"Plaintiff Blues: Job Discrimination and the Chilling Effect of Retaliation" written by Judith Pearson of Lake Vermilion, has won national awards in three categories from the 2008 Next Generation Indie Book Awards. Earlier this year, Plaintiff Blues won national recognition in the Memoir category from the 2008 Eric Hoffer Awards for Books, recognizing freethinking writers and independent books of exceptional merit.
Pearson's story describes the job discrimination she says she encountered in two northeastern Minnesota school districts. The lawsuit she won against the St. Louis County School District was followed by devastating retaliation. Pearson's 17-year story starts in 1986 when she applied for the Cook high school principal position and was told, "Hell will freeze over before we hire a woman principal at the Cook High School," and "The rumor is that you are sleeping with the superintendent!" She sued and won.
Pearson's book gives readers the story behind the newspaper headlines, including the personal and professional costs she paid for exercising her civil rights.
The book, published in 2007, features among other people Falls School District Don Langan, who Pearson says retaliated against her and others for budget decisions and filing grievances by transferring them to other jobs.
Langan told The Journal that he had not read the book.
"Claims of retaliation or discrimination, whatever, the author of the book took all of those claims to every administrative remedy including court and failed to prevail on any of them," Langan said. "That's why the title, Plaintiff Blues. The plaintiff is blue because she could not and did not prevail."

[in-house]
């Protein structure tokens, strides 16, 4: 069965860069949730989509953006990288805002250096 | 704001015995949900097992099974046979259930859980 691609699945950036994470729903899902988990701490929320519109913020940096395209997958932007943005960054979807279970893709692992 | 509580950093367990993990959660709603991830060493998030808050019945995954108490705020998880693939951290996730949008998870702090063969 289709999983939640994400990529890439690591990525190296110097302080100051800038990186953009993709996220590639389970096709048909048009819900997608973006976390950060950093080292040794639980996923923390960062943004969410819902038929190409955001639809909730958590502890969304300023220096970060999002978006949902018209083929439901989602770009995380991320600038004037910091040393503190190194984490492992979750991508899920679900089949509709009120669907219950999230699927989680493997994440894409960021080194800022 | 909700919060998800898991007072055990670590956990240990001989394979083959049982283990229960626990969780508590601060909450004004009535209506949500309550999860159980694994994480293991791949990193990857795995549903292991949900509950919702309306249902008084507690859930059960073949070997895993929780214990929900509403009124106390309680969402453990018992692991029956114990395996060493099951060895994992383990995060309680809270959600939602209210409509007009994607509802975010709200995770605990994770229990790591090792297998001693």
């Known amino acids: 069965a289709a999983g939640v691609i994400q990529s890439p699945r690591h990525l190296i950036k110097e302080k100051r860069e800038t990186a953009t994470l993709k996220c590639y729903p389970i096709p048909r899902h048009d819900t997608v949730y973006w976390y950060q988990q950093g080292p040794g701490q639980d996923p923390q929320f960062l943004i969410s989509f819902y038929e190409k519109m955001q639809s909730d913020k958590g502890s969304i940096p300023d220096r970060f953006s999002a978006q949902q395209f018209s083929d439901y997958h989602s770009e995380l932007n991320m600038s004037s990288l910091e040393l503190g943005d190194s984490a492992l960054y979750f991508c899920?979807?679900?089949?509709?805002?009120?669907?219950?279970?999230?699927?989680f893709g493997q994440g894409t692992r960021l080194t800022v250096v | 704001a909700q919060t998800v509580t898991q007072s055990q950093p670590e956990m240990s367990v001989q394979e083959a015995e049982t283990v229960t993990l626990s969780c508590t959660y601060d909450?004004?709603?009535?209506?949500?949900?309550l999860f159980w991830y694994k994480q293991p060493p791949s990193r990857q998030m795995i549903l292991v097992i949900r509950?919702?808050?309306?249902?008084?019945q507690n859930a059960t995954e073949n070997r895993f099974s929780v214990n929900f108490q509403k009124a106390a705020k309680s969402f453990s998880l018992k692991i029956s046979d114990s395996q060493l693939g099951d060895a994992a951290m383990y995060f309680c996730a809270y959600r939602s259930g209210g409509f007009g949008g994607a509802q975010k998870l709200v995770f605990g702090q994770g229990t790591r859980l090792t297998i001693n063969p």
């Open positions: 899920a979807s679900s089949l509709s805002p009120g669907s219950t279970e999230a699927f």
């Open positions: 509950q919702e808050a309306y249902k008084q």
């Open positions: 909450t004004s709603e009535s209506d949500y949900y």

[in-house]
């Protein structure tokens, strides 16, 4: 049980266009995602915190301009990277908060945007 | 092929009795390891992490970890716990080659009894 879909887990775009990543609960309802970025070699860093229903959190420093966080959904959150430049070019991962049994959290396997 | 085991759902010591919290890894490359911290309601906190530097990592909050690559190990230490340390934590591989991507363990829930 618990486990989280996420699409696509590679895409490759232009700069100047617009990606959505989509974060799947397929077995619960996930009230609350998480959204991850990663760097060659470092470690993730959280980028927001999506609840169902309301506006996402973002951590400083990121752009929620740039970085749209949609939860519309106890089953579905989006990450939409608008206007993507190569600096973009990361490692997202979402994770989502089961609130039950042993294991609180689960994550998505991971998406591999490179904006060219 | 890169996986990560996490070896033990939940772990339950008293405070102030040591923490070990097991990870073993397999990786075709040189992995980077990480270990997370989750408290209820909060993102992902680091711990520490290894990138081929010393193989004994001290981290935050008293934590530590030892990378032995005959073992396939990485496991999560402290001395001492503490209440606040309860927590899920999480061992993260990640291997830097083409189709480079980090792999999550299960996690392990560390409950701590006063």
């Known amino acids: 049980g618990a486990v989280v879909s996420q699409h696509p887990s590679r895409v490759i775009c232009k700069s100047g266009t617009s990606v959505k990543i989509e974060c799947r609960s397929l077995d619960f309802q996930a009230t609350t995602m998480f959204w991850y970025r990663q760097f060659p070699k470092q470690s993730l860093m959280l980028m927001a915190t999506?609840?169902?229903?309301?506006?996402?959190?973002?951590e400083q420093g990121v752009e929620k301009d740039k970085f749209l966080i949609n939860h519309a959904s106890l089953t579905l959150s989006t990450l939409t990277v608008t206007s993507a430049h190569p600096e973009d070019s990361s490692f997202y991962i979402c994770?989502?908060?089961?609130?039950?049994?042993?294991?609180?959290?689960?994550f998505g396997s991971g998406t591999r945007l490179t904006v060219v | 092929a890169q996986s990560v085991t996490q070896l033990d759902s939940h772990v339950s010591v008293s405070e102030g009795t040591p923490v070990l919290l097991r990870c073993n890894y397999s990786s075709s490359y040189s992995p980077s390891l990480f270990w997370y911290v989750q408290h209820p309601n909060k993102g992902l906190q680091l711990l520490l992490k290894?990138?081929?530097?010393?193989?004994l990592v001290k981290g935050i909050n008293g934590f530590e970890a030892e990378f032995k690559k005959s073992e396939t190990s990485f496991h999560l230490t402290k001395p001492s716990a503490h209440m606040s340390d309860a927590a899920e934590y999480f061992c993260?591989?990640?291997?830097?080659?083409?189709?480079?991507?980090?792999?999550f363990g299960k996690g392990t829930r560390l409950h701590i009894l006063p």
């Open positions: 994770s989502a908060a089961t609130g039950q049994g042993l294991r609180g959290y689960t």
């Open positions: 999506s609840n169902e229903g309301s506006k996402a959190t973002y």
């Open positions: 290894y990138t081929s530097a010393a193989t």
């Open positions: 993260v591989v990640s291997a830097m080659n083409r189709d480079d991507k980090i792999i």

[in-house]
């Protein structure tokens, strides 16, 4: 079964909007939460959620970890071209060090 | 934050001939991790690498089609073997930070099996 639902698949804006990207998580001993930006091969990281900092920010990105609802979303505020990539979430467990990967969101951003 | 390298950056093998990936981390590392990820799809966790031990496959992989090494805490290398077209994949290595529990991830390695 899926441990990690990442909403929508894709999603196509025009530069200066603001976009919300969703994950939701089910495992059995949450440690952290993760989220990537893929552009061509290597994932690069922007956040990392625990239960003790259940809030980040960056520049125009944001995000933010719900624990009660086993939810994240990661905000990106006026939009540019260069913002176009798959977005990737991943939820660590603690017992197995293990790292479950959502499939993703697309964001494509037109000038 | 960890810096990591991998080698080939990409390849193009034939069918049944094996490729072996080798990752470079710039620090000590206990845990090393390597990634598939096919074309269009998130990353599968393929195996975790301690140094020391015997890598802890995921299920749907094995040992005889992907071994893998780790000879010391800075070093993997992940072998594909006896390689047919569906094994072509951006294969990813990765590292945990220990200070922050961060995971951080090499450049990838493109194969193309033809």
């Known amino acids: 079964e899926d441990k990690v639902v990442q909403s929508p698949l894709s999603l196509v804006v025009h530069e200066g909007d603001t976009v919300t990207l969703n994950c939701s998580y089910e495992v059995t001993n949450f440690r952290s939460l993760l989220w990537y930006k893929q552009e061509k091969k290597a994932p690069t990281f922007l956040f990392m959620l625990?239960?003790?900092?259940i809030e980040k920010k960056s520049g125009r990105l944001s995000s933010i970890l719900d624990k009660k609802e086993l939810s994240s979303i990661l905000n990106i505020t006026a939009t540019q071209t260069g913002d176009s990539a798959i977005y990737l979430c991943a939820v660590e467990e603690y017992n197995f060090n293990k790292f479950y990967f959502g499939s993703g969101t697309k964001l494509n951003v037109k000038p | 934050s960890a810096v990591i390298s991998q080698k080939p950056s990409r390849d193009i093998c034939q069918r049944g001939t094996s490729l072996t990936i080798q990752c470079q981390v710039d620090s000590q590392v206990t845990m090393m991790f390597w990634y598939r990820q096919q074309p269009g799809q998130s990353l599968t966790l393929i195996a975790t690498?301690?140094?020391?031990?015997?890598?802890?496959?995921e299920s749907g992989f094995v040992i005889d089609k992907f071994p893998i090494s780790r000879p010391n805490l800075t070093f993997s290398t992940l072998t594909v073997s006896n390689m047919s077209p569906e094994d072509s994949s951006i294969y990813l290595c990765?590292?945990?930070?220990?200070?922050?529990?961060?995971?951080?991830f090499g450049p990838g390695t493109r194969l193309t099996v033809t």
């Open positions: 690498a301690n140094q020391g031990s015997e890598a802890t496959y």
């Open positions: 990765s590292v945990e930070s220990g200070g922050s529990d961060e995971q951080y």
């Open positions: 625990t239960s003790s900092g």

The author of the 378-page book coins the phrase "Langanese," which she describes as his use and manipulation of language as a control tactic.
"I thought at first he was just trying to impress everyone with his vocabulary. I later concluded there as a more sinister motive. Control," she writes in the book.
Meanwhile, the book details a search for a superintendent for School District 2142, which results in Langan's hiring. The process was described by The Duluth News Tribune as "prolonged and somewhat bizarre," according to Pearson. Langan's candidacy for the position was announced after other candidates had been named finalists. Pearson also claims the process violated the state's Open Meeting Law by conducting board meetings and calling them study sessions.
Pearson will sign copies of her books at the Great Virginia Get-Together, July 1-6 from 11 a.m.-2 p.m., in the North Room of the Miners' Memorial Building and at Woodward's Bookstore in the Thunderbird Mall, July 3, 2-4 p.m. Books are available at Woodward's, and the Mineview Visitors' Center, just south of Virginia.
Published book reviews and additional readers comments can be viewed at Books are also available at,

June 30, 2008 by Janna Goerdt

Former principal's book recounts gender discrimination battle

COOK - Judy Pearson was sleeping with the St. Louis County schools superintendent — of course she was. Why else would she be considered as a candidate for the Cook School principal position in 1986?
That was the rumor that sparked a lengthy gender discrimination lawsuit against the school district and some members of the Cook community.
Pearson, a gravel-voiced woman who lives on Lake Vermilion and loves to fish and shoot clay pigeons with her husband, recently wrote a book about her experiences with gender discrimination in 1986. In it, she also describes what she considers retaliation for raising questions about the district's superintendent hiring process in 1997.
Much has changed for women wanting to work as principals and superintendents in the years since she began, Pearson said. Discrimination is "not as blatant," she said. "People are getting more and more educated. But that's driven it underground; people get more sophisticated" about employing retaliation or discrimination.